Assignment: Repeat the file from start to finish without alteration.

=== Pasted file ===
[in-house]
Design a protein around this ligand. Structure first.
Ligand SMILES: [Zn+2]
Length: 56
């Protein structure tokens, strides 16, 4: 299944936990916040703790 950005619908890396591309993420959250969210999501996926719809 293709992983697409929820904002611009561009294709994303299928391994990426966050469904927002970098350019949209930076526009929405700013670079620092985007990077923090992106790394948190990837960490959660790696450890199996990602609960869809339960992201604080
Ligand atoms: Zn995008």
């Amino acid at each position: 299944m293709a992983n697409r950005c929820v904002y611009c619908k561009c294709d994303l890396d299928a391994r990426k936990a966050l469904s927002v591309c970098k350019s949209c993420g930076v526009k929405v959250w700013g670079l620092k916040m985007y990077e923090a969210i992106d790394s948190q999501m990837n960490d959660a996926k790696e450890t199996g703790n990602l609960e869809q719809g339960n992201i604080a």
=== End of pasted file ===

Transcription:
[in-house]
Design a protein around this ligand. Structure first.
Ligand SMILES: [Zn+2]
Length: 56
């Protein structure tokens, strides 16, 4: 299944936990916040703790 950005619908890396591309993420959250969210999501996926719809 293709992983697409929820904002611009561009294709994303299928391994990426966050469904927002970098350019949209930076526009929405700013670079620092985007990077923090992106790394948190990837960490959660790696450890199996990602609960869809339960992201604080
Ligand atoms: Zn995008």
């Amino acid at each position: 299944m293709a992983n697409r950005c929820v904002y611009c619908k561009c294709d994303l890396d299928a391994r990426k936990a966050l469904s927002v591309c970098k350019s949209c993420g930076v526009k929405v959250w700013g670079l620092k916040m985007y990077e923090a969210i992106d790394s948190q999501m990837n960490d959660a996926k790696e450890t199996g703790n990602l609960e869809q719809g339960n992201i604080a």